This summer I completed my practicum at the Green Hope Organisation in Arusha, Tanzania. As the Social Determinants of Health are fundamental to health improvements in this developing nation, Green Hope bridges practical economic and training gaps with vulnerable populations. Street-engaged youth, HIV and AIDS patients, early school-leavers and poor women and children are all clients of this NGO.
One indigenous group, the Maasai tribe of the Ngorongoro Conservation Area (NCA), are at particular risk. They live highly nomadic, pastoral lifestyles, building temporary mud homes around seasonal water sources. As a whole, they are marginalized and suffer poor health due to a variety of factors including severe food insecurity, transportation and economic poverty, a strict adherence to traditional practices, and a grave lack of educational and health services in their isolated, rural region. Of particular concern are poor maternal and child health (MCH) outcomes.
As the Maasai typically do not access mainstream medical service, Green Hope provides annual midwifery health training to the Maasai traditional birth attendants (TBAs) in the NCA. In preparation for the workshop we delivered this summer, we conducted an informal needs assessment. We interviewed three consulting doctors, Maasai cultural experts and the district medical officer entrenched in the community, in addition to the TBAs themselves. Ultimately we developed and delivered a workshop to the TBAs consistent with their most urgent training needs.
Throughout the workshop we identified numerous barriers to improved Maasai MCH care, chiefly maternal malnutrition and, to our surprise, TBA poverty. Training alone cannot address these impairments.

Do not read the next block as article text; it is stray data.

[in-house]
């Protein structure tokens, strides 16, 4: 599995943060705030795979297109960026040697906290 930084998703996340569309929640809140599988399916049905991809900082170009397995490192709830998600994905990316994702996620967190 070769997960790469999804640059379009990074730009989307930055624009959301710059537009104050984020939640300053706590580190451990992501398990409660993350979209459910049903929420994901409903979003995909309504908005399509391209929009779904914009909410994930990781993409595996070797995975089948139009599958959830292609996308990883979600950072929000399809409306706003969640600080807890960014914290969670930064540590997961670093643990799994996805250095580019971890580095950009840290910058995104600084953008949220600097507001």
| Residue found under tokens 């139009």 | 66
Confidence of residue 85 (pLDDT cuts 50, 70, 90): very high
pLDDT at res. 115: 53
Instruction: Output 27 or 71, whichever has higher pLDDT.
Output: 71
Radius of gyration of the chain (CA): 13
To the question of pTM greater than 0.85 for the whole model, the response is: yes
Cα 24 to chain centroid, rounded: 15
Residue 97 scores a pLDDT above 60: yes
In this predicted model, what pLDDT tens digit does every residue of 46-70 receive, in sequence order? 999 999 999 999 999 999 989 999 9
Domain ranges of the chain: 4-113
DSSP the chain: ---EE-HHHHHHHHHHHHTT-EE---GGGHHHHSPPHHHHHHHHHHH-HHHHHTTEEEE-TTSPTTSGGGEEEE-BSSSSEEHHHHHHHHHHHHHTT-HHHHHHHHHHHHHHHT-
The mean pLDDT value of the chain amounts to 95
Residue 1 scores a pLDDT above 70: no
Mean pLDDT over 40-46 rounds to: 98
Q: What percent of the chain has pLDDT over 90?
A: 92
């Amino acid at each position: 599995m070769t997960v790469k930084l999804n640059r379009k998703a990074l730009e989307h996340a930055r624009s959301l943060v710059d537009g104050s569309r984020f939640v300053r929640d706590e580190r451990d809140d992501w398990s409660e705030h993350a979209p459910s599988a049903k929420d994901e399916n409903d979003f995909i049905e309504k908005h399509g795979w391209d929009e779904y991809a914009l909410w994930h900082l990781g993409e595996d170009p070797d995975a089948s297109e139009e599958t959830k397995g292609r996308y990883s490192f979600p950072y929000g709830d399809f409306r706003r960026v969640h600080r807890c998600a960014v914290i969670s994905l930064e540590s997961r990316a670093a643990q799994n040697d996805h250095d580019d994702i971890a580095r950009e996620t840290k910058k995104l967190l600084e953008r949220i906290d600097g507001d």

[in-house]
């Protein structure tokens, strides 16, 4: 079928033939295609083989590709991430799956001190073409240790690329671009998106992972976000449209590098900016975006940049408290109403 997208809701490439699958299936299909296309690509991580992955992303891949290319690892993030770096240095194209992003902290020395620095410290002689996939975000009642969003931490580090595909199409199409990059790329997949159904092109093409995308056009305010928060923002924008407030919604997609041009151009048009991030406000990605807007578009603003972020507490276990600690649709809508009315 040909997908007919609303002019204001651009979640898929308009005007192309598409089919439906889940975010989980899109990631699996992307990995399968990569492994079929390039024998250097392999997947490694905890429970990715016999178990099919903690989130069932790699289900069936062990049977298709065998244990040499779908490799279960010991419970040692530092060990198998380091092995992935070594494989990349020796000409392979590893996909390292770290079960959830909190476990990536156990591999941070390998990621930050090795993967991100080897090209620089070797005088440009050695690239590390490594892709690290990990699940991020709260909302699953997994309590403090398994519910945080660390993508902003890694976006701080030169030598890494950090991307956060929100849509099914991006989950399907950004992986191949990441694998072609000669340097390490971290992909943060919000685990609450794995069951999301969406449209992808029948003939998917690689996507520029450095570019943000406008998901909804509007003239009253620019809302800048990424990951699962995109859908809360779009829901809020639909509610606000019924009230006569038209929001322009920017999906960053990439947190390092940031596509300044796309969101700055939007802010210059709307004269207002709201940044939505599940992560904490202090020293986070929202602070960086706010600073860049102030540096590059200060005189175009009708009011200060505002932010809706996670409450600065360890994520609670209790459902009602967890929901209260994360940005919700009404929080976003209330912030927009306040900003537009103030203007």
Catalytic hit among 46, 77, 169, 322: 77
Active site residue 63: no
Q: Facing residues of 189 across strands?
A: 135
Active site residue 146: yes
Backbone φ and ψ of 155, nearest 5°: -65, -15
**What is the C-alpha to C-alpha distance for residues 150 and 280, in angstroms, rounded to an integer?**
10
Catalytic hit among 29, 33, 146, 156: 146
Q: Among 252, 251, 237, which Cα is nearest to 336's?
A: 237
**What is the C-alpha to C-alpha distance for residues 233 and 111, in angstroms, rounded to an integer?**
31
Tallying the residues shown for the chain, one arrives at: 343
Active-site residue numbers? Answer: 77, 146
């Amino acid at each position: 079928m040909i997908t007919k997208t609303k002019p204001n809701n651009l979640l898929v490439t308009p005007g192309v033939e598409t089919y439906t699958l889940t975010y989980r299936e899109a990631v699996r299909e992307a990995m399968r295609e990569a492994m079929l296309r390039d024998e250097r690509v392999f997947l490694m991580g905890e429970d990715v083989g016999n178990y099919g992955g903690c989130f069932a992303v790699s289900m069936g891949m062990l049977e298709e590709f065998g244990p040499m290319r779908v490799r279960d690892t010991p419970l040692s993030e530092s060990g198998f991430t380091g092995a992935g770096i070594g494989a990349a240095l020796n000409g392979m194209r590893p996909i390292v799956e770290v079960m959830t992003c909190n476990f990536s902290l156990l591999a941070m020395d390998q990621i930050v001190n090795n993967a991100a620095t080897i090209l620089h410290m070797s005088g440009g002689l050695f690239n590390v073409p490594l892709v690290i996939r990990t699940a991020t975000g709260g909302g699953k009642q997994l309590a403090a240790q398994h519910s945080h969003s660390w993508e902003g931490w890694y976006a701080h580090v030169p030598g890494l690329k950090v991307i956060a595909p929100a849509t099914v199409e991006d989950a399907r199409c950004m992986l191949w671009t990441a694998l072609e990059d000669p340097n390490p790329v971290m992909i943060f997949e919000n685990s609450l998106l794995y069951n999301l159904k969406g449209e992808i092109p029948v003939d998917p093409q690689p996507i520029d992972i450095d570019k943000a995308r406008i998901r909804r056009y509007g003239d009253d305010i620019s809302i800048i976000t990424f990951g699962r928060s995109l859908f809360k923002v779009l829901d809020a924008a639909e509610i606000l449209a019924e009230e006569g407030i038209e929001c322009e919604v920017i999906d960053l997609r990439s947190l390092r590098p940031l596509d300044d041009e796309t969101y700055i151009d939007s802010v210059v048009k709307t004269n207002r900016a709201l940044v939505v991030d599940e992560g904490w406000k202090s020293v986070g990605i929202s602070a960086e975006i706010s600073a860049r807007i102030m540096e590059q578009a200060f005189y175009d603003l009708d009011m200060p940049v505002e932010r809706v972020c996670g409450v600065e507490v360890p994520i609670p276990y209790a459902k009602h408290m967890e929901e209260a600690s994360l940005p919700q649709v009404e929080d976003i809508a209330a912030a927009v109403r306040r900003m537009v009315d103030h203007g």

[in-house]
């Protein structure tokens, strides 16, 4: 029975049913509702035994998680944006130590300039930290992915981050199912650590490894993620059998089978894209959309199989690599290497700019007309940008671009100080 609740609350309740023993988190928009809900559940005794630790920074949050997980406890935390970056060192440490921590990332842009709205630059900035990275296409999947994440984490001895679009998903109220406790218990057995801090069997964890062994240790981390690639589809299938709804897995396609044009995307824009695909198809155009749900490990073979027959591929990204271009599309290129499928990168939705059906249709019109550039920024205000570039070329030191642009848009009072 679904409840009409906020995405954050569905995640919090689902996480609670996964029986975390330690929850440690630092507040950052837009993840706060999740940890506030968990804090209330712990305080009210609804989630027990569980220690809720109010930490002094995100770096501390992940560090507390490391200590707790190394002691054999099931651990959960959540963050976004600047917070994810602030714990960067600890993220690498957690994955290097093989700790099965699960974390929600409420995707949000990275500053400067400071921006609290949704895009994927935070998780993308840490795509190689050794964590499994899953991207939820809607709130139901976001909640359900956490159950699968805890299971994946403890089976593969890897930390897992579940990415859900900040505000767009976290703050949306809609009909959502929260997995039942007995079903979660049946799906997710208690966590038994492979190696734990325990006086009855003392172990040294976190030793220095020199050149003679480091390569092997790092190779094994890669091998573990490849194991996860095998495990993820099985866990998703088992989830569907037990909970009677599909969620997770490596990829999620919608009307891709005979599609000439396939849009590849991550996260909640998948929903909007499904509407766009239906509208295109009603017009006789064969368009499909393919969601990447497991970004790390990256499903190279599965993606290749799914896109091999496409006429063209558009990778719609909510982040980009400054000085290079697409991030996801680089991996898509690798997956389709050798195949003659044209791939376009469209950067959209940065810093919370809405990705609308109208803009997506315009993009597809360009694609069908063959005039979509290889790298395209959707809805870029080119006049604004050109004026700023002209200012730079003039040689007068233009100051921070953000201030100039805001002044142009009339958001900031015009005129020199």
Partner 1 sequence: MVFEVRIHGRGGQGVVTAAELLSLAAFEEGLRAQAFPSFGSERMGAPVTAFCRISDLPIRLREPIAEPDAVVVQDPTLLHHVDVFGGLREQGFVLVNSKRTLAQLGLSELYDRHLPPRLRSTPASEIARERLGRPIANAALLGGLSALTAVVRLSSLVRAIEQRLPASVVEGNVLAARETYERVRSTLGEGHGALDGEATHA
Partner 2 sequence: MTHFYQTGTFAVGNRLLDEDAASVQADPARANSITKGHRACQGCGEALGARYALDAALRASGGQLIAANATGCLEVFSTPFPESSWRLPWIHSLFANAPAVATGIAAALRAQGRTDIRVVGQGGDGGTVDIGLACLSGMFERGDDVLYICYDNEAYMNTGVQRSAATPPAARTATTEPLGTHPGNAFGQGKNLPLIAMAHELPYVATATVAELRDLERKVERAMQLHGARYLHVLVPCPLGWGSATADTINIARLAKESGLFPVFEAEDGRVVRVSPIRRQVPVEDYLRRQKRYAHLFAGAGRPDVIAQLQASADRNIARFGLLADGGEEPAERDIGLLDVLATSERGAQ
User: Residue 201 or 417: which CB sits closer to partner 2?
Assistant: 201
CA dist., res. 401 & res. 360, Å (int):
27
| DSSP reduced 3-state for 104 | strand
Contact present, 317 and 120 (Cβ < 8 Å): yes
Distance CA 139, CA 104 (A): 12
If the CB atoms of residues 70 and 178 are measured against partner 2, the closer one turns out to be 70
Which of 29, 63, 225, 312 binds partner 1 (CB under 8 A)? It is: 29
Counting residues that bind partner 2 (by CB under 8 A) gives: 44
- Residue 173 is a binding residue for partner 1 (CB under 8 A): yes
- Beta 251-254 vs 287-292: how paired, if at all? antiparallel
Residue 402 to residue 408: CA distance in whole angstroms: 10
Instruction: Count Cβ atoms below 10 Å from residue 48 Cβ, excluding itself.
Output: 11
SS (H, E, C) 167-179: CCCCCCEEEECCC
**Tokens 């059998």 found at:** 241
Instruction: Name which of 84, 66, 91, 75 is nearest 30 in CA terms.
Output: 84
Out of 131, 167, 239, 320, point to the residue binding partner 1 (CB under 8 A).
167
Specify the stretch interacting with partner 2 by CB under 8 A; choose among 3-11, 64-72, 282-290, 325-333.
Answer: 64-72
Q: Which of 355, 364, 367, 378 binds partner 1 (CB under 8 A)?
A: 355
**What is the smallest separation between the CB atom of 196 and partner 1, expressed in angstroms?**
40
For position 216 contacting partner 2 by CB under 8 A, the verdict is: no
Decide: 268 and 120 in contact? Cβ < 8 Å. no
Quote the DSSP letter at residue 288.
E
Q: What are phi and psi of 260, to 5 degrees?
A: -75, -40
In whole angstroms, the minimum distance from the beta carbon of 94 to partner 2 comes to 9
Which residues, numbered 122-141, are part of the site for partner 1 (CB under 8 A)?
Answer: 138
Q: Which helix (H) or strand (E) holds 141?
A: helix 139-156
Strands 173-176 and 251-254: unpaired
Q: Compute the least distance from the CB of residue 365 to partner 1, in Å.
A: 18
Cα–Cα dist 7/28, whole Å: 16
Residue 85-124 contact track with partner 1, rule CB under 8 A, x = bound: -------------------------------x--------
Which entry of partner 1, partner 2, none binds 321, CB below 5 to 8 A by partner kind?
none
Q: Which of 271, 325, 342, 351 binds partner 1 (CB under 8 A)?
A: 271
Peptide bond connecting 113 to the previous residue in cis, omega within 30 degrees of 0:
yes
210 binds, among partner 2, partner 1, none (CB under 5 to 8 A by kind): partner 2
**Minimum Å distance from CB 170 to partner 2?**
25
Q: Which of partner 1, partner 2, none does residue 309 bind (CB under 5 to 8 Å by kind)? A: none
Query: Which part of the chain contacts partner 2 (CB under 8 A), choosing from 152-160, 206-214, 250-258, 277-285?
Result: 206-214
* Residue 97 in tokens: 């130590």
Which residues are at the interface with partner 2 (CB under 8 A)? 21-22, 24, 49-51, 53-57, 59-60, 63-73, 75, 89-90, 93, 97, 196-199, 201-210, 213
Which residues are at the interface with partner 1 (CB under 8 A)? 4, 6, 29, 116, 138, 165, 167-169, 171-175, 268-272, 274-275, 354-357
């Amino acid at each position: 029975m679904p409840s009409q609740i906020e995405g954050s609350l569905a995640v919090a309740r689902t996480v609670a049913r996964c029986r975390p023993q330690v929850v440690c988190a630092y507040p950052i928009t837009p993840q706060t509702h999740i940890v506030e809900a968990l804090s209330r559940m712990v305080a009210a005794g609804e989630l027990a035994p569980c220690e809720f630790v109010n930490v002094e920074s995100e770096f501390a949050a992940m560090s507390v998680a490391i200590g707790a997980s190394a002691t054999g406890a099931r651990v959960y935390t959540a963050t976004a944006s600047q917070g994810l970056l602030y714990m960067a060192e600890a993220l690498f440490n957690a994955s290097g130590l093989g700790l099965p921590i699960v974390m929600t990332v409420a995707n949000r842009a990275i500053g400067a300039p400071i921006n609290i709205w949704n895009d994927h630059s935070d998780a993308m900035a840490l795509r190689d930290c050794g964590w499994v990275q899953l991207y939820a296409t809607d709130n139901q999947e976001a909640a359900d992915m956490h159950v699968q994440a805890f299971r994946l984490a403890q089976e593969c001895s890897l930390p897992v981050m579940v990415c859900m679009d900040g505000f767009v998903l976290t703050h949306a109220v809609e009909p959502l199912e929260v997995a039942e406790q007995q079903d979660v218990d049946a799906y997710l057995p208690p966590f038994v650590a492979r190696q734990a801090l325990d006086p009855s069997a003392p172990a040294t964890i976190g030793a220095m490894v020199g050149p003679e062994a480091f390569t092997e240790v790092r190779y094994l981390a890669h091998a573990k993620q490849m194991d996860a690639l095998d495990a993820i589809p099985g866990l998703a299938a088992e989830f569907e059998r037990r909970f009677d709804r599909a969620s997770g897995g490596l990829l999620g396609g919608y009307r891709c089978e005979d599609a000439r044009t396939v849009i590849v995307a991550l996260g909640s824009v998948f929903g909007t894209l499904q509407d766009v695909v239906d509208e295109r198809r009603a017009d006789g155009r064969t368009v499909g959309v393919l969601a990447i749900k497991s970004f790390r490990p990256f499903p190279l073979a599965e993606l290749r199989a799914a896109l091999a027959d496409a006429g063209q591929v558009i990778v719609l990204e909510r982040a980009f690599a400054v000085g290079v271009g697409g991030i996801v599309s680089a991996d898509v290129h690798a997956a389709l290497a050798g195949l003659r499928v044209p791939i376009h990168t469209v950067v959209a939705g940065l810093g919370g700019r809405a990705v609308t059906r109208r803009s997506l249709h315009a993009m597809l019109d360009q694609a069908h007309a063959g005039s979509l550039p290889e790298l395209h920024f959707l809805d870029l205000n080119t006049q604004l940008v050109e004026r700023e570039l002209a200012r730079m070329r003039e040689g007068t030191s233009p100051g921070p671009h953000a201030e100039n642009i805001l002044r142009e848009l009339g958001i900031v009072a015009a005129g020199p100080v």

To further champion MCH goals with this population, I was given the privilege to research, collaborate and build a program model to link and potentially mitigate both challenges. The resulting proposed program, a TBA-run agri-health cooperative business, would help empower the impoverished TBAs while incentivizing mainstream antenatal care by distributing whole food baskets to maternity patients. Being entrusted to use my entrepreneurial background to design and propose a new program was by far the most enriching project of my practicum. My practicum supervisor and I have submitted the program proposal to several funding agencies, and should financing be granted, I will return to Tanzania to help implement the program.
International health programming does not always follow the same path as our more bureaucratic Canadian methods. In my practicum this often caused frustrations, but very frequently meant greater responsibility and a richer, deeper, learning experience. Furthermore, because there are so many parallels between the Maasai and our Canadian First Nations communities, I believe this practicum has greatly strengthened my credibility in building a public health career here in Canada.
Receiving the Dr. James Rossiter MPH Practicum Award allowed me the freedom to focus on my work in Africa rather than my bills in Canada. Mitigating much of the costs I incurred during the practicum has allowed me to continue full-time studies this academic year rather than stalling to repay debt. I hope this scholarship opportunity encourages future students to pursue their biggest practicum aspirations, as it did for me.
By Desneige Meyer, MPH candidate.